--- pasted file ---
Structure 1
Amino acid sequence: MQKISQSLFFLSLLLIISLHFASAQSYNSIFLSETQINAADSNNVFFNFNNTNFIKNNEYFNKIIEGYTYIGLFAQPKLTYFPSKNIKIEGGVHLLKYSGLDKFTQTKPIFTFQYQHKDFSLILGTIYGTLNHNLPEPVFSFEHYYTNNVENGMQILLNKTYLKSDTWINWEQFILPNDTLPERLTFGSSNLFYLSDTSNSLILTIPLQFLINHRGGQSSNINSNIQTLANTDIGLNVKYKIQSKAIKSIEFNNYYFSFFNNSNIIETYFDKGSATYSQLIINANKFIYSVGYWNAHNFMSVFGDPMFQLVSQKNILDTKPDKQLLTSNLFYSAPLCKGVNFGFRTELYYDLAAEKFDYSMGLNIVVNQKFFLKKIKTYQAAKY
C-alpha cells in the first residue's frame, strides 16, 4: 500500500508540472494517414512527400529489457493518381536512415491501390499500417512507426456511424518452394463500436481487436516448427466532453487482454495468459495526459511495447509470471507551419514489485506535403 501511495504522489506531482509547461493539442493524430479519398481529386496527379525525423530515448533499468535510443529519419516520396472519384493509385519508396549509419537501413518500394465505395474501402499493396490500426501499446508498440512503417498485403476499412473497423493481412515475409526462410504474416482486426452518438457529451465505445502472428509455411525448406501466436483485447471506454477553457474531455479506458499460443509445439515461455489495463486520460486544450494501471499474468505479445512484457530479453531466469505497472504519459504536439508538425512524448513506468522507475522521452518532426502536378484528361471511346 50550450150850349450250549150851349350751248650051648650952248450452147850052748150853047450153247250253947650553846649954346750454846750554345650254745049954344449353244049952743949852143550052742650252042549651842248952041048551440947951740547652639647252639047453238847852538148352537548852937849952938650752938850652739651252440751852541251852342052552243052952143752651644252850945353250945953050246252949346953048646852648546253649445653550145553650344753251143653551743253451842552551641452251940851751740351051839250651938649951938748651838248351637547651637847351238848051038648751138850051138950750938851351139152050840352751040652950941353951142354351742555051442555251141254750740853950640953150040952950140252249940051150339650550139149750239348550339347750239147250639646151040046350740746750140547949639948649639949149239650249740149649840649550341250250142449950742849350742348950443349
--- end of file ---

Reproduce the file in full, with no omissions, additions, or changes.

Structure 1
Amino acid sequence: MQKISQSLFFLSLLLIISLHFASAQSYNSIFLSETQINAADSNNVFFNFNNTNFIKNNEYFNKIIEGYTYIGLFAQPKLTYFPSKNIKIEGGVHLLKYSGLDKFTQTKPIFTFQYQHKDFSLILGTIYGTLNHNLPEPVFSFEHYYTNNVENGMQILLNKTYLKSDTWINWEQFILPNDTLPERLTFGSSNLFYLSDTSNSLILTIPLQFLINHRGGQSSNINSNIQTLANTDIGLNVKYKIQSKAIKSIEFNNYYFSFFNNSNIIETYFDKGSATYSQLIINANKFIYSVGYWNAHNFMSVFGDPMFQLVSQKNILDTKPDKQLLTSNLFYSAPLCKGVNFGFRTELYYDLAAEKFDYSMGLNIVVNQKFFLKKIKTYQAAKY
C-alpha cells in the first residue's frame, strides 16, 4: 500500500508540472494517414512527400529489457493518381536512415491501390499500417512507426456511424518452394463500436481487436516448427466532453487482454495468459495526459511495447509470471507551419514489485506535403 501511495504522489506531482509547461493539442493524430479519398481529386496527379525525423530515448533499468535510443529519419516520396472519384493509385519508396549509419537501413518500394465505395474501402499493396490500426501499446508498440512503417498485403476499412473497423493481412515475409526462410504474416482486426452518438457529451465505445502472428509455411525448406501466436483485447471506454477553457474531455479506458499460443509445439515461455489495463486520460486544450494501471499474468505479445512484457530479453531466469505497472504519459504536439508538425512524448513506468522507475522521452518532426502536378484528361471511346 50550450150850349450250549150851349350751248650051648650952248450452147850052748150853047450153247250253947650553846649954346750454846750554345650254745049954344449353244049952743949852143550052742650252042549651842248952041048551440947951740547652639647252639047453238847852538148352537548852937849952938650752938850652739651252440751852541251852342052552243052952143752651644252850945353250945953050246252949346953048646852648546253649445653550145553650344753251143653551743253451842552551641452251940851751740351051839250651938649951938748651838248351637547651637847351238848051038648751138850051138950750938851351139152050840352751040652950941353951142354351742555051442555251141254750740853950640953150040952950140252249940051150339650550139149750239348550339347750239147250639646151040046350740746750140547949639948649639949149239650249740149649840649550341250250142449950742849350742348950443349